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February 2005 Issue

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Note Organization Formats That Inhibit or Promote Learning 

By Dennis H. Congos, University of Central Florida

Email: dcongos@mail.ucf.edu

The intent of this article in to prompt examination and discussion into ways to determine the effectiveness and efficiency of notetaking formats.  I have been unsatisfied with responses of fellow learning skills professionals that one format is the same as another and that choice should depend on a personal preference.  I think that efficiency and effectiveness can be observed and codified and communicated to faculty, staff, and students.  This does not preclude flexibility for learning styles or personal preference.  However, I believe we, as learning skills professionals, are derelict in our duties if we do not point out more effective ways to learn even among those earning high grades.  I have seen many A students cut study time as much as in half to assimilate the material and still earn As and when they adopt faster and more productive techniques for learning.

 

Guidelines for Rating the Effectiveness of Note Organization Formats

Lecture and textbook notes may be organized into many different formats.  Some of these formats promote learning and some inhibit learning.  Those that promote learning include many elements that have been proven to increase learning.  Below is a set of guidelines to rate the effectiveness of note organization formats from the least effective to the most effective in promoting learning.

These guidelines have 15 elements all of which promote learning.  In rating the effectiveness of note organization formats, each guideline is worth 1 point.  The higher the total score indicates greater effectiveness of the note organization format in promoting learning.  The lower the score indicates increased potential to inhibit  learning.  Sixteen is a perfect score.

Elements of Note Organization Formats That Promote Learning  

1.   Visually separates main ideas from other main ideas with space.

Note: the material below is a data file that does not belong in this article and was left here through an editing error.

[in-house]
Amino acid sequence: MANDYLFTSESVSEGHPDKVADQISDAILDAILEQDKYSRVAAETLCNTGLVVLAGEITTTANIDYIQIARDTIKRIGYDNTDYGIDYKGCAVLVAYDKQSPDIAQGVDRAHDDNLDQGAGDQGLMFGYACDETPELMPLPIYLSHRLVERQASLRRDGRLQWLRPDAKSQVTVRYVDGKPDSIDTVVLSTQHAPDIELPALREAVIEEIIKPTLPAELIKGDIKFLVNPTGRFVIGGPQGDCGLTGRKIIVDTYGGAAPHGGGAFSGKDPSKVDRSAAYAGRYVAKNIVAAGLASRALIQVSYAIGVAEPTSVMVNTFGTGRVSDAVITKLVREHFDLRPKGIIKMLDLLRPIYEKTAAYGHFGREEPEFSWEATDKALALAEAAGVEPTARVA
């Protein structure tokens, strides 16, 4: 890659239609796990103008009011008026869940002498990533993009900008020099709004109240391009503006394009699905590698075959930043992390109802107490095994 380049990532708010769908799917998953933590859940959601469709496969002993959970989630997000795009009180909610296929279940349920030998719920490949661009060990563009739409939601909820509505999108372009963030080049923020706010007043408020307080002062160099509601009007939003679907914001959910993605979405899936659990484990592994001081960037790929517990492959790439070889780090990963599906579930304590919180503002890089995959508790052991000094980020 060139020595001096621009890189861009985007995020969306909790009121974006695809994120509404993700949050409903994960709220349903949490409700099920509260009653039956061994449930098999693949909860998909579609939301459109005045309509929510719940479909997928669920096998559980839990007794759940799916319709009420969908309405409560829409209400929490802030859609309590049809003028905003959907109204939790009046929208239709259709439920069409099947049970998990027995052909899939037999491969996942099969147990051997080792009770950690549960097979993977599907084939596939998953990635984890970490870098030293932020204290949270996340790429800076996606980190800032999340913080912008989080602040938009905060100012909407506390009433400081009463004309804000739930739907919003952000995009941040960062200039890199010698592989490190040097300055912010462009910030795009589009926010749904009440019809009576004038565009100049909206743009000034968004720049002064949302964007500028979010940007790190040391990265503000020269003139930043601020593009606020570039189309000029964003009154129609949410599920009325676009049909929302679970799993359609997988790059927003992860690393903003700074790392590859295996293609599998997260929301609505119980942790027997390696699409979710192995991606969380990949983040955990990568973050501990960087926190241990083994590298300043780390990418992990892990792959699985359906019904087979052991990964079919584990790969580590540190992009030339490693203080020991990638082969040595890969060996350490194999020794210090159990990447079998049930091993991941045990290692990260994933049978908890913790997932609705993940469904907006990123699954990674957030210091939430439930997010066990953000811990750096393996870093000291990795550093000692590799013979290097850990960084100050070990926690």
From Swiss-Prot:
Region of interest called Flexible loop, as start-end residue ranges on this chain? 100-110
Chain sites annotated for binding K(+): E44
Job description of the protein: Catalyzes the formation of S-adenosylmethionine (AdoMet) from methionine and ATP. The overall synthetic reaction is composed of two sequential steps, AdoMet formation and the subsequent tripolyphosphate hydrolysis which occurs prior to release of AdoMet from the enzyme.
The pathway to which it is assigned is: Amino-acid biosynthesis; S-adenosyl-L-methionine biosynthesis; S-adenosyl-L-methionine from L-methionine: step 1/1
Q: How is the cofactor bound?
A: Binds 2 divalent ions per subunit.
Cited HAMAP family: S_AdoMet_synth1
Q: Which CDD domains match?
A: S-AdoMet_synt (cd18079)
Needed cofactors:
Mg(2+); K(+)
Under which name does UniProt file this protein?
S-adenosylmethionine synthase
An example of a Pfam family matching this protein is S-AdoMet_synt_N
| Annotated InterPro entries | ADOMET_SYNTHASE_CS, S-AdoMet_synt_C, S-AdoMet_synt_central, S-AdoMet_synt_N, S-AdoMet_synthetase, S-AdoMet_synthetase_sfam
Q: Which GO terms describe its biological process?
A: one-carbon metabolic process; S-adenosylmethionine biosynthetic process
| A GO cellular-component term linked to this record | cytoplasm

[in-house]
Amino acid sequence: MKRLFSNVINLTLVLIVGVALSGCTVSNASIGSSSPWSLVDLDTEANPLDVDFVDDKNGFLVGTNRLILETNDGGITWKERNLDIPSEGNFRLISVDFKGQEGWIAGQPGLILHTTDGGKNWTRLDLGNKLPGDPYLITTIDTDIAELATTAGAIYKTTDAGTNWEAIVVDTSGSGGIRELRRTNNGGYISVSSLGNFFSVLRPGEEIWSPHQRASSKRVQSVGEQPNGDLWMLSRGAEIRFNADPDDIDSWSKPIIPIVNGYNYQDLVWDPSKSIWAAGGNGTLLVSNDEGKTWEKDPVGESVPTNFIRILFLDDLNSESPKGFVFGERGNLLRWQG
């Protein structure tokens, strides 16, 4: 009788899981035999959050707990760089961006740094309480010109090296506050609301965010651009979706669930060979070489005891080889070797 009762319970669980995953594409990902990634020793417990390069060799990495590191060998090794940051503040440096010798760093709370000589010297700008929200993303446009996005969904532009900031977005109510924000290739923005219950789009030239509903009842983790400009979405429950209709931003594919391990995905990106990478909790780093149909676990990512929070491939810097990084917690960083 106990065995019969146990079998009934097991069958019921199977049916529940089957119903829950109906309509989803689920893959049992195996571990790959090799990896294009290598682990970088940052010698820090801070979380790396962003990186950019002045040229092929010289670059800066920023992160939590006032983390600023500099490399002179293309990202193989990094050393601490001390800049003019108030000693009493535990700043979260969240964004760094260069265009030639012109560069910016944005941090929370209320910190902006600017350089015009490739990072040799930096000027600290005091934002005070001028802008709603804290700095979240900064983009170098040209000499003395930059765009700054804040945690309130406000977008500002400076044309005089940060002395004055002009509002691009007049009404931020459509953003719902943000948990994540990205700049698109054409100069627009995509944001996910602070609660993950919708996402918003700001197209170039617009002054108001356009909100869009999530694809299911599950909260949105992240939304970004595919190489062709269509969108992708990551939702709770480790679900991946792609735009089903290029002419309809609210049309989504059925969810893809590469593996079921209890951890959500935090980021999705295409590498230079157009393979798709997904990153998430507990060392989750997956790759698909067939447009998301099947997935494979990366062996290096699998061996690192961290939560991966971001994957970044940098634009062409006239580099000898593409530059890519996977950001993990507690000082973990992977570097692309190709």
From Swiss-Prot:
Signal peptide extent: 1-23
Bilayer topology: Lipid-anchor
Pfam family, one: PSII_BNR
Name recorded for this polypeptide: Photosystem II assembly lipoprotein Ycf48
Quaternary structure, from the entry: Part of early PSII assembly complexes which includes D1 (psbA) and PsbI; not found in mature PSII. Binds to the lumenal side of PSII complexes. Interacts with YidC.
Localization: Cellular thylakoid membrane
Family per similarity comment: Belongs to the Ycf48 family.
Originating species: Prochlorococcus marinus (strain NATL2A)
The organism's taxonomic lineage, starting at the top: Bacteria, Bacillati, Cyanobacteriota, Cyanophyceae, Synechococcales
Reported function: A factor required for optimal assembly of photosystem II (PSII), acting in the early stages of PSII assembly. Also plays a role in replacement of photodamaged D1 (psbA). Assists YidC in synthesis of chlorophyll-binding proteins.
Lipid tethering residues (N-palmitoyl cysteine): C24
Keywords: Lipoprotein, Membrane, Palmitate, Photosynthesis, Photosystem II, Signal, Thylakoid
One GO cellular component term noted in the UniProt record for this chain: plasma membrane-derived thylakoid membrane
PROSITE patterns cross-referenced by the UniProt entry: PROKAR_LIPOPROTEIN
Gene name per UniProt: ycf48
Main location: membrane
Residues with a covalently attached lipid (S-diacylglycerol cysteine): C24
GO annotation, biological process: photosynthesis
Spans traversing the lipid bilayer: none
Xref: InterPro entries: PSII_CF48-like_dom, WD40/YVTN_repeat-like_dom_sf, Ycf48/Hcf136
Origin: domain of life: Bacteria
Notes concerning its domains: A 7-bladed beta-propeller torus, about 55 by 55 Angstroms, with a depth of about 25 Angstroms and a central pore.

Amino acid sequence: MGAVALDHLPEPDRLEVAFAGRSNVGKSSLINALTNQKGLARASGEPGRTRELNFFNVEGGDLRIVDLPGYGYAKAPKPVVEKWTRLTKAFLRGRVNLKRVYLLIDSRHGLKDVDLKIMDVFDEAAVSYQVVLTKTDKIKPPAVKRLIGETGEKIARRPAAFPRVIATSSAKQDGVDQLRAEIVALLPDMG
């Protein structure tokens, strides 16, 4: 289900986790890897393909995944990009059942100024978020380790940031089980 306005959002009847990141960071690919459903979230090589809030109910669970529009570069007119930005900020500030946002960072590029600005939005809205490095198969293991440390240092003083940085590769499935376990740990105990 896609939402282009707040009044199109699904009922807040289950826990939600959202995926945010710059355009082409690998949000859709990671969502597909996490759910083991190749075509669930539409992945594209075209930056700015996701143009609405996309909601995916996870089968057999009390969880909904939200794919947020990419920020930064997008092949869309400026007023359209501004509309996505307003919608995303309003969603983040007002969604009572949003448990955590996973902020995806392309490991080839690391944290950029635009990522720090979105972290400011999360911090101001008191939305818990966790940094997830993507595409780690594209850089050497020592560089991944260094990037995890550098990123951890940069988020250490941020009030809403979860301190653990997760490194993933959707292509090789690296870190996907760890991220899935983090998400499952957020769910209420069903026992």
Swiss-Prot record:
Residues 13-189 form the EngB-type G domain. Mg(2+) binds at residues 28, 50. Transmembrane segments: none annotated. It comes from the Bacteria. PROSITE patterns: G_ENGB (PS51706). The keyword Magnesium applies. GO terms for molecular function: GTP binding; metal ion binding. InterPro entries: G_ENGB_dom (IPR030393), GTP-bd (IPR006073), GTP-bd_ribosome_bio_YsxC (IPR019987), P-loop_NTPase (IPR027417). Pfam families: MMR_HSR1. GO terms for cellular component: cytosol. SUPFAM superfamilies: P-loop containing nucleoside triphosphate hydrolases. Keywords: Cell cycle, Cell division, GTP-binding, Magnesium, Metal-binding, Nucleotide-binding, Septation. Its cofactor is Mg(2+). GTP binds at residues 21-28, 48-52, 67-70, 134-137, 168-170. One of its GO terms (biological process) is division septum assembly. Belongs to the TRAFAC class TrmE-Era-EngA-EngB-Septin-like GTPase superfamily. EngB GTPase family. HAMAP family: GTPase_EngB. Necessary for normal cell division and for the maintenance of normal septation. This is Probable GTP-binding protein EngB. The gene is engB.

2.   Visually separates main ideas from details with space.

3.   Visually separates details from other details with space.

4.   Numbers, letters, and symbols indicate how many details there are to remember.  

1, 2, 3 and 4 are important in note organization formats because what is visibly separated on paper is easier to organize in the mind and recall when needed.  The act of organizing main ideas and details requires mental manipulation which is very important in promoting learning.  Using numbers, letters and symbols facilitates the separation of ideas and organizes material which saves time in reviewing, learning, and recall.   

5.   Promotes self-testing by quickly revealing what has and has not been learned.  

Self-testing is done by looking only at main ideas and trying to recall details from memory, then looking at the details as a check.  This is important because learners can discover what is learned and not-yet-learned, before a test is taken, when something can still be done about it.  When notes are properly organized, self-testing is fast, efficient, and promotes understanding and learning speed.  This also helps students to avoid discovering what has and has not been learned after a test is returned when little to nothing can be done about the test grade.  

6.   Visually and physically separates learned and not-yet-learned material.  

When learned and not-yet-learned material is visibly separated in a note organization format, little time is wasted because energy can be more focused on the "not-yet-learned" material.  This reduces study time, considerably.  It also allows the learner to see progress as learning takes place as the material is repeatedly reviewed.  

7.   Main ideas and details can be regrouped/reorganized.  

Regrouped/reorganized material helps in learning and remembering because information to be learned can be organized into groups or patterns that have meaning to the learner.  Regrouping and recategorizing information in one's note organization format requires that all-important mental manipulation that is vital to understanding, learning, and recall.  

8.   Requires mental manipulation of ideas to set up and review notes, analyze, evaluate, synthesize, condense, and restructure notes.